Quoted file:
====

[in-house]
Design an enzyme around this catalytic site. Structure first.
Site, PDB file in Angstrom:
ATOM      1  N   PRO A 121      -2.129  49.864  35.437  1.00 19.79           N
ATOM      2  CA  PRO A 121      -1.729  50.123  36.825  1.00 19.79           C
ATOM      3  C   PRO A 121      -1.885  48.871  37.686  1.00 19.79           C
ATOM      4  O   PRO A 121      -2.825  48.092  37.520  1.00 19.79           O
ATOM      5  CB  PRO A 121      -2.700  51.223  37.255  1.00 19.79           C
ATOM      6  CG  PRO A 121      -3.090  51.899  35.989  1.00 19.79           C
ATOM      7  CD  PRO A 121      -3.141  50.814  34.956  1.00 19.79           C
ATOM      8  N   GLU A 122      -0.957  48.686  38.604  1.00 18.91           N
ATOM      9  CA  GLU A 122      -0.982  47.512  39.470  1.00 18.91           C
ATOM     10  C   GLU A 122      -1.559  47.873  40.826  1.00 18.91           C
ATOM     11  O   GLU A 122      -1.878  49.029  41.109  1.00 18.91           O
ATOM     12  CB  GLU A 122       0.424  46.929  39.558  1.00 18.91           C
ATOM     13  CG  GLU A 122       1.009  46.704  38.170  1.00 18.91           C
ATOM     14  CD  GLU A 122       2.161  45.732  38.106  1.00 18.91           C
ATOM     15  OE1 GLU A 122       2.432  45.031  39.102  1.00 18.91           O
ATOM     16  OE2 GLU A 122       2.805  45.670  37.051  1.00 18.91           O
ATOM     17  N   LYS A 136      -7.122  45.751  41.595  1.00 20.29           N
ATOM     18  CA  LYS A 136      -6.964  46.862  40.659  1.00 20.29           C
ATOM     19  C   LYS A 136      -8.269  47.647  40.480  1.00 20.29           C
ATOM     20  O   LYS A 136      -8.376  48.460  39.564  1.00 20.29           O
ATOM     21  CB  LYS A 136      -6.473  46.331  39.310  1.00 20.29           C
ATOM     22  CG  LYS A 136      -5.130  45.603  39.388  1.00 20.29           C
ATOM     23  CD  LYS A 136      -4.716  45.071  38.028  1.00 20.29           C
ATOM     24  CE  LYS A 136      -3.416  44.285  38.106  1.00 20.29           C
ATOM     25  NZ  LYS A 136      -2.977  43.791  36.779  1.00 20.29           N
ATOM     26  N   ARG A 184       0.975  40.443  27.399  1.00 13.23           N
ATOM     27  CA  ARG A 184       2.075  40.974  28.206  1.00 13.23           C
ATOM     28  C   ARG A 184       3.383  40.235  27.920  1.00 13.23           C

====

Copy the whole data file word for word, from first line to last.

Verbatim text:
[in-house]
Design an enzyme around this catalytic site. Structure first.
Site, PDB file in Angstrom:
ATOM      1  N   PRO A 121      -2.129  49.864  35.437  1.00 19.79           N
ATOM      2  CA  PRO A 121      -1.729  50.123  36.825  1.00 19.79           C
ATOM      3  C   PRO A 121      -1.885  48.871  37.686  1.00 19.79           C
ATOM      4  O   PRO A 121      -2.825  48.092  37.520  1.00 19.79           O
ATOM      5  CB  PRO A 121      -2.700  51.223  37.255  1.00 19.79           C
ATOM      6  CG  PRO A 121      -3.090  51.899  35.989  1.00 19.79           C
ATOM      7  CD  PRO A 121      -3.141  50.814  34.956  1.00 19.79           C
ATOM      8  N   GLU A 122      -0.957  48.686  38.604  1.00 18.91           N
ATOM      9  CA  GLU A 122      -0.982  47.512  39.470  1.00 18.91           C
ATOM     10  C   GLU A 122      -1.559  47.873  40.826  1.00 18.91           C
ATOM     11  O   GLU A 122      -1.878  49.029  41.109  1.00 18.91           O
ATOM     12  CB  GLU A 122       0.424  46.929  39.558  1.00 18.91           C
ATOM     13  CG  GLU A 122       1.009  46.704  38.170  1.00 18.91           C
ATOM     14  CD  GLU A 122       2.161  45.732  38.106  1.00 18.91           C
ATOM     15  OE1 GLU A 122       2.432  45.031  39.102  1.00 18.91           O
ATOM     16  OE2 GLU A 122       2.805  45.670  37.051  1.00 18.91           O
ATOM     17  N   LYS A 136      -7.122  45.751  41.595  1.00 20.29           N
ATOM     18  CA  LYS A 136      -6.964  46.862  40.659  1.00 20.29           C
ATOM     19  C   LYS A 136      -8.269  47.647  40.480  1.00 20.29           C
ATOM     20  O   LYS A 136      -8.376  48.460  39.564  1.00 20.29           O
ATOM     21  CB  LYS A 136      -6.473  46.331  39.310  1.00 20.29           C
ATOM     22  CG  LYS A 136      -5.130  45.603  39.388  1.00 20.29           C
ATOM     23  CD  LYS A 136      -4.716  45.071  38.028  1.00 20.29           C
ATOM     24  CE  LYS A 136      -3.416  44.285  38.106  1.00 20.29           C
ATOM     25  NZ  LYS A 136      -2.977  43.791  36.779  1.00 20.29           N
ATOM     26  N   ARG A 184       0.975  40.443  27.399  1.00 13.23           N
ATOM     27  CA  ARG A 184       2.075  40.974  28.206  1.00 13.23           C
ATOM     28  C   ARG A 184       3.383  40.235  27.920  1.00 13.23           C